BBC presenter Rachael Bland's son, six, asks dad's new girlfriend 'are you my mummy now?' after her tragic death
THE husband of late BBC broadcaster Rachael Bland has revealed how their son asked his new girlfriend ‘are you my mummy now?’
Steve Bland, 40, from Cheshire, found love with NHS nurse Amy three years after he lost his wife to cancer.
Rachael did not only leave behind her husband but their son Freddie, age six, and Steve says that his little boy has built up a strong bond with his new girlfriend.
Speaking to the Mirror, Steve said: “They (Amy and Freddie) get on so well.
“I’ve heard him ask a couple of times, ‘Are you my mummy now?’ and she always says, ‘No, you’ll only ever have one mummy’.
“We’re never going to give her the label of mummy, but Rachael was very keen he’d have that kind of influence and figure in his life.”
Steve previously explained to Lorraine that he didn’t feel guilty about moving on with a new relationship as Rachael had “wanted him to be happy.”
Speaking on the ITV daytime show, the widower said: “It's one of the most common questions I get asked: 'Do I feel guilty?'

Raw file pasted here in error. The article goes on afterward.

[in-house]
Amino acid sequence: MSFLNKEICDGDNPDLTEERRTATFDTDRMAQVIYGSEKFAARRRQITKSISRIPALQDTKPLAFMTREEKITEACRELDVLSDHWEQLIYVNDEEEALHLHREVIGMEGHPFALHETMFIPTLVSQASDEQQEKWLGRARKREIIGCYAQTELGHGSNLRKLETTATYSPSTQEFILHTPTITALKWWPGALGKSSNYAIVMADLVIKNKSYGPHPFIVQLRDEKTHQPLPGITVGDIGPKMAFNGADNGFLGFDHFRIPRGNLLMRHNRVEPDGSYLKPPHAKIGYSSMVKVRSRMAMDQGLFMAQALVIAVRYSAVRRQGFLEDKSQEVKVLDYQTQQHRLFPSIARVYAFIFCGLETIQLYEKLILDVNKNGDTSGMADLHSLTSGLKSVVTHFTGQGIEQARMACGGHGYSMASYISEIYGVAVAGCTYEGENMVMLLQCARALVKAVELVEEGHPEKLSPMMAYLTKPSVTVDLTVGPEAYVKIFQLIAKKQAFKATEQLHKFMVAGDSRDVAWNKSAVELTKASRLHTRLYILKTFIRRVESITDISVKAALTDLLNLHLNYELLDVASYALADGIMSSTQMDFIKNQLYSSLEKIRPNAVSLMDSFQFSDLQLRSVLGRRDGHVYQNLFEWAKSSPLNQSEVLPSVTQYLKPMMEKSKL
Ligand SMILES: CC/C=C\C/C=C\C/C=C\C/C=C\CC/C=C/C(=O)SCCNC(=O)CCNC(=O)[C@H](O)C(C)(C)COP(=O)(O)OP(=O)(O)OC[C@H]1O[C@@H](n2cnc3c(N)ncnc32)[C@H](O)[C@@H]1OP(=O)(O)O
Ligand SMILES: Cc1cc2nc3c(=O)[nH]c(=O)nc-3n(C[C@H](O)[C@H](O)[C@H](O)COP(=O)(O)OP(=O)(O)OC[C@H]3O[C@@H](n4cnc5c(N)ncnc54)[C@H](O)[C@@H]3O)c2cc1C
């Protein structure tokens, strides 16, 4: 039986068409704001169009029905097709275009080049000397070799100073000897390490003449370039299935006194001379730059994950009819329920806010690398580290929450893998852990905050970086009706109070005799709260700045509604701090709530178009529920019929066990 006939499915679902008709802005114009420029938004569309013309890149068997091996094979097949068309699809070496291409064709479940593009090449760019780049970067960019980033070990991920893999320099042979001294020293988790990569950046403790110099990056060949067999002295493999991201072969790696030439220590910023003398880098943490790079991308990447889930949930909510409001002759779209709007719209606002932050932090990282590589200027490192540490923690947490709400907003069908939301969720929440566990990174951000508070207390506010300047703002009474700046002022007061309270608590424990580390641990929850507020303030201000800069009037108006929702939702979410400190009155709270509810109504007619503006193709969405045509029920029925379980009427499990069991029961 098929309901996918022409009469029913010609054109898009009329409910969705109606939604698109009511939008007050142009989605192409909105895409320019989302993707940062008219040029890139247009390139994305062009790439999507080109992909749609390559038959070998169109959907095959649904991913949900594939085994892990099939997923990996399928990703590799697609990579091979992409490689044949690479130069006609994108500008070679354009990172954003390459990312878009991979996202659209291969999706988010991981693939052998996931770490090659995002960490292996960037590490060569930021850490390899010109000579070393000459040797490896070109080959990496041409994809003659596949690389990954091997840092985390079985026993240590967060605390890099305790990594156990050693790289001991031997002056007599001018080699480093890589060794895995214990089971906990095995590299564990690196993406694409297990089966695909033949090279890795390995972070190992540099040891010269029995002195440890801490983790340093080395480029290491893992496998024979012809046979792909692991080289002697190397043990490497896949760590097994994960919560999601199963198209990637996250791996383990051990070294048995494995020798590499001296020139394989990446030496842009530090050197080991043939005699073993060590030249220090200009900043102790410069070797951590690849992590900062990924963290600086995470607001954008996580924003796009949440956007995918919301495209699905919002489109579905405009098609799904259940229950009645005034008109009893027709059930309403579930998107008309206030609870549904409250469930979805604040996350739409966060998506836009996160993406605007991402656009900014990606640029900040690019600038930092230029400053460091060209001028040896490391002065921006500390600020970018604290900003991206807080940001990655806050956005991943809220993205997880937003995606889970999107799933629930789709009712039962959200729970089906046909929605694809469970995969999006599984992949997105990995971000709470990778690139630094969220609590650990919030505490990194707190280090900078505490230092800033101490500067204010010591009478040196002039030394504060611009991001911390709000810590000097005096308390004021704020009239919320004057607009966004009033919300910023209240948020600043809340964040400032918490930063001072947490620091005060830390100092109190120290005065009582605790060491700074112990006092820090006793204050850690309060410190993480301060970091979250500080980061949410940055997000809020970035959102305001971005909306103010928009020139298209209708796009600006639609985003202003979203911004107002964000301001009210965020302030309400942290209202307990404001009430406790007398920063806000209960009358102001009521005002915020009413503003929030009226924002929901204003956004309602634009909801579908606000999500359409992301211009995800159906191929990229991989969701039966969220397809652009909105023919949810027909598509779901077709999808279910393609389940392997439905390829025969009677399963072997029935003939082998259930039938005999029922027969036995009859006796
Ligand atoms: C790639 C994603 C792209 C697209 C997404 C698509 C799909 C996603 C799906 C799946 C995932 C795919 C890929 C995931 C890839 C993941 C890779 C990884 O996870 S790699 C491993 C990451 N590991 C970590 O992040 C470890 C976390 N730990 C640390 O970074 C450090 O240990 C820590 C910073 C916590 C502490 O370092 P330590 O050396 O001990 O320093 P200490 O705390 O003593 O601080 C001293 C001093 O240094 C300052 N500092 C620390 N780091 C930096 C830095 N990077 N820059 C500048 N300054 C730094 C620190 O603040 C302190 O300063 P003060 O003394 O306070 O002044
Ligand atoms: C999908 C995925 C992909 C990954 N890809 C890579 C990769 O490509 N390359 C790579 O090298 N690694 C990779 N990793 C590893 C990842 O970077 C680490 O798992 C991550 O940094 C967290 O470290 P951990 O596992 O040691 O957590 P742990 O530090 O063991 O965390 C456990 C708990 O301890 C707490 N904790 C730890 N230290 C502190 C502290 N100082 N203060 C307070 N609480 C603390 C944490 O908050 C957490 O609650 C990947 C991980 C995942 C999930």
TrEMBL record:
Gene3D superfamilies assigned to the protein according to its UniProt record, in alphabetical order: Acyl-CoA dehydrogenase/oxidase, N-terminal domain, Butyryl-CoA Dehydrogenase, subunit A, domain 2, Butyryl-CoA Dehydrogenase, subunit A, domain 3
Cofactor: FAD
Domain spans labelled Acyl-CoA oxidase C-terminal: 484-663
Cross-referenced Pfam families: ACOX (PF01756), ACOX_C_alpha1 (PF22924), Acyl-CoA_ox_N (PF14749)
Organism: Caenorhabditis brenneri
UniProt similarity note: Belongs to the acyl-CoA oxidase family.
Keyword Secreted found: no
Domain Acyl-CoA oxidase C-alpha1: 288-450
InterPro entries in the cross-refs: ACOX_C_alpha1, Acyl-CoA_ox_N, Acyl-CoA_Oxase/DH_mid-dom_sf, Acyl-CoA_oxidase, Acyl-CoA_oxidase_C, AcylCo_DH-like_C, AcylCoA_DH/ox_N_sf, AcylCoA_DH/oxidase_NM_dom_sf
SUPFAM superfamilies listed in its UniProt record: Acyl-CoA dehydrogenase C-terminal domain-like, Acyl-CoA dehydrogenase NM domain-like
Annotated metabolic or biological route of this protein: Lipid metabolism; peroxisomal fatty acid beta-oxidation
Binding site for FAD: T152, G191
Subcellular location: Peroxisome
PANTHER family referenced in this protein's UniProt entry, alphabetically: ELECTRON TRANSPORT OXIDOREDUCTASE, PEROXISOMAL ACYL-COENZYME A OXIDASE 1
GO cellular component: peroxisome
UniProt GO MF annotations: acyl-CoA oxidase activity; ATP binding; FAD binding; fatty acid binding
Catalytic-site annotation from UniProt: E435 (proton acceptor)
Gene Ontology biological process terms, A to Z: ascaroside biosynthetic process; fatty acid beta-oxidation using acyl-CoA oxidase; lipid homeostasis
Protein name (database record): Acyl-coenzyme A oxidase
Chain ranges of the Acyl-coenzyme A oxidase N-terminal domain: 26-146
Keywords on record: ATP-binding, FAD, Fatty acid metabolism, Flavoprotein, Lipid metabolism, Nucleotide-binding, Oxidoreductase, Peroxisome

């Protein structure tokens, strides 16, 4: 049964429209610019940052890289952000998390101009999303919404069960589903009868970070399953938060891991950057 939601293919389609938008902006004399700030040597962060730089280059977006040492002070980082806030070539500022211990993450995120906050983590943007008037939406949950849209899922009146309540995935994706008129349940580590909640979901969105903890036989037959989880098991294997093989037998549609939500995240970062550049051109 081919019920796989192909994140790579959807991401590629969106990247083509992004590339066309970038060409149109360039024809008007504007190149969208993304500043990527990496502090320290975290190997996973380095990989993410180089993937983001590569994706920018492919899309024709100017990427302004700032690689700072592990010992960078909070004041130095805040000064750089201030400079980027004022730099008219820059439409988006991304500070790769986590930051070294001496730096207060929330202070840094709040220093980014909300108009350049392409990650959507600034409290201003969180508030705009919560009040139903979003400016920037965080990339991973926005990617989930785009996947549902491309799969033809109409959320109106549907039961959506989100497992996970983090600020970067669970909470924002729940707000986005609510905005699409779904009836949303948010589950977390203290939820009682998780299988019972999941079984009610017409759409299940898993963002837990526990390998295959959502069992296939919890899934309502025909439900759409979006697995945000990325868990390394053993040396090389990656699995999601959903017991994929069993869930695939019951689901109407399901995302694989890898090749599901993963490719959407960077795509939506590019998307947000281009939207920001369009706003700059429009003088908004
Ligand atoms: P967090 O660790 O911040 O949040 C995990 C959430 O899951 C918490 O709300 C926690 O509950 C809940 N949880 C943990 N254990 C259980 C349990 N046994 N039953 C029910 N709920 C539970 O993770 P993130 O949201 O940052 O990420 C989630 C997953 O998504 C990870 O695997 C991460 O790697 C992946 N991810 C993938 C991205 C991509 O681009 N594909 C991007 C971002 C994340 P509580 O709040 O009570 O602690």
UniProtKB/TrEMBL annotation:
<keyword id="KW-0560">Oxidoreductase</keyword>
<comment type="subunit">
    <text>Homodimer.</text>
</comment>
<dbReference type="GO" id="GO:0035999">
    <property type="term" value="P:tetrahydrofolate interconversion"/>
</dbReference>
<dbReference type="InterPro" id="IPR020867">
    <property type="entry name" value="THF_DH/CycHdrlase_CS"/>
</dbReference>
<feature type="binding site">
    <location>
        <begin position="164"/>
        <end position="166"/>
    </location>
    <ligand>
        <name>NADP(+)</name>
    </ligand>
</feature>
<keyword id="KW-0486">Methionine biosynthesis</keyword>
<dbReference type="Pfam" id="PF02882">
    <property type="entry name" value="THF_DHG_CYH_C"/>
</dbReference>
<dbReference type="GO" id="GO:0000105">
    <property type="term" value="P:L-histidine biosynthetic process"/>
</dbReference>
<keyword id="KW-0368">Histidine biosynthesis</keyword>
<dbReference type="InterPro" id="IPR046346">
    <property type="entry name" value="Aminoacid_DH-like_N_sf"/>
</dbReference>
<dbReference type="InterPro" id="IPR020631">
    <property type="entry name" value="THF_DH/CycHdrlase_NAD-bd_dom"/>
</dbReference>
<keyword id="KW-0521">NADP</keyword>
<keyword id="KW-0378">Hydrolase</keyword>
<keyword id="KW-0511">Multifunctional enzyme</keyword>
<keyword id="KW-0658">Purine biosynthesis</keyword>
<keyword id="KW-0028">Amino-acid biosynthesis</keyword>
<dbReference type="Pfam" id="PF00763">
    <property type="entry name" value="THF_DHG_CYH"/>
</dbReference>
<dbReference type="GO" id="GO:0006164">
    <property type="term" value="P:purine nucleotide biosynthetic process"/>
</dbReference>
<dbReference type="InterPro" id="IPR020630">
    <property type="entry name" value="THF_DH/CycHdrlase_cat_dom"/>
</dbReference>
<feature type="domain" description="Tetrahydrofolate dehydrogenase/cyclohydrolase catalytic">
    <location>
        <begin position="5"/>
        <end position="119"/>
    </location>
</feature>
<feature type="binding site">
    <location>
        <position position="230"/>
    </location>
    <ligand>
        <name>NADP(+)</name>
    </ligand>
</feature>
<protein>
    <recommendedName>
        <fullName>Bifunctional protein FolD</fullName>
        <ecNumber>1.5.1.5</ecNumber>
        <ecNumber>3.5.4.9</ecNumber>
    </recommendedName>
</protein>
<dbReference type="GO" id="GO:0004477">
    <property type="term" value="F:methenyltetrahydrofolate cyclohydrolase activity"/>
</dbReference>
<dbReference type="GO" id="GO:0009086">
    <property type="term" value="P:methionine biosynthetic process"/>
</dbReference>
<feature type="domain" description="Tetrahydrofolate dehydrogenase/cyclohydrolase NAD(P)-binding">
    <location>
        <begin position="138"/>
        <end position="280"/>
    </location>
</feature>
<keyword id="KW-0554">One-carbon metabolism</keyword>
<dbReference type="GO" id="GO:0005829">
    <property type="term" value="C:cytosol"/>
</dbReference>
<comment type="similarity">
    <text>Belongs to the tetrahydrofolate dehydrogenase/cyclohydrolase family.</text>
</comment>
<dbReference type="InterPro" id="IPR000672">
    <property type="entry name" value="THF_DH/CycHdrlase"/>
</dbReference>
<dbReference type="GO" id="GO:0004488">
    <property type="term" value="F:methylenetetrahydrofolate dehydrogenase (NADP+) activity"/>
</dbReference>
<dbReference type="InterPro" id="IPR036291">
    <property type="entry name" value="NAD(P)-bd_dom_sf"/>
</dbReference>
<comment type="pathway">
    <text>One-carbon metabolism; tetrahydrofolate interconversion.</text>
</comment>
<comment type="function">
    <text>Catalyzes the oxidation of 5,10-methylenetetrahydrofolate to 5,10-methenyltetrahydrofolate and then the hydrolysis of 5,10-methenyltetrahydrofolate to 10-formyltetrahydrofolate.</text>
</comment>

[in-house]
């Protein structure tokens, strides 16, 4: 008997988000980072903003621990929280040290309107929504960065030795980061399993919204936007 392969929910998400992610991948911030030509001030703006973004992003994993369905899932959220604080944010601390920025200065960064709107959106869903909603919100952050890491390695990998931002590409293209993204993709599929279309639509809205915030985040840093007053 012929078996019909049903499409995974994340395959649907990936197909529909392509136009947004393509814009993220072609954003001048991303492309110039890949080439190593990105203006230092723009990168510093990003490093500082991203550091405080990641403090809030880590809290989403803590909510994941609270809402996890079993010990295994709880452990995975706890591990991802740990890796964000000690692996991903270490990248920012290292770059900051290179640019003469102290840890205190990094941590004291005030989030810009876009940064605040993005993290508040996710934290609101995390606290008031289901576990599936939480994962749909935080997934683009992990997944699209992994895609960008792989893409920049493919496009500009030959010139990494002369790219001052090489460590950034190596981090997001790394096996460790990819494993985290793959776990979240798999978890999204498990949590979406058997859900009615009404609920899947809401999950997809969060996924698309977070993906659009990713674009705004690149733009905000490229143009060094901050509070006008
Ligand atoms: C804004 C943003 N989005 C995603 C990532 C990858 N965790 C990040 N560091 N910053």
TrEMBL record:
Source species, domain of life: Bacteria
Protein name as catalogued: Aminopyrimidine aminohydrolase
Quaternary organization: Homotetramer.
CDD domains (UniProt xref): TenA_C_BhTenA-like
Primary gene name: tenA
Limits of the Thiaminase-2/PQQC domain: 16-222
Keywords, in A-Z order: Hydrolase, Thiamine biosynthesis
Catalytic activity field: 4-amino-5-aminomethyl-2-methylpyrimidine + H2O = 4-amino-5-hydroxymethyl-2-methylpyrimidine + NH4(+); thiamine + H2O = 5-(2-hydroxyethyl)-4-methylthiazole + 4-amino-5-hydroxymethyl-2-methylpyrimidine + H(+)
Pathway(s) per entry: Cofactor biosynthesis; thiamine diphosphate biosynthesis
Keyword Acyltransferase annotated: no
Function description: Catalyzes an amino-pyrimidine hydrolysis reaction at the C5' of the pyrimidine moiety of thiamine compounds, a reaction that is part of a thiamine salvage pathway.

“Why should I? I'm 40 years old and I've got the rest of my life ahead of me.
“Rachael wanted me to be happy and wanted Freddie to be happy.
“We need to break down the taboo and stop worrying about being judged for it. We're trying to be happy and to make the most of life.”
He was married to Rachael, a Welsh journalist and presenter with BBC Radio 5 Live, BBC World News and BBC North West Tonight, for five years before she passed away.
She was known for her podcast, You, Me and the Big C which was broadcast while she was ill with breast cancer, and in which she discussed issues and treatment of the disease.
Steve met Amy, an advanced nurse practitioner at a cancer conference in Manchester in 2019, after he gave a talk about his late wife and her death from primary triple-negative breast cancer.
The broadcaster, who's running the 2021 Virgin Money London Marathon for Macmillan, told Lorraine that dating after loss wasn't always easy for the person in the relationship who hasn't lost someone.
He said: “It's about looking forward and can be a tricky balance, it's something Amy and I have talked about. There's a lot of focus on the widow/widower. Rachael was high profile and it's really difficult to feel like you're not living in their shadow.”
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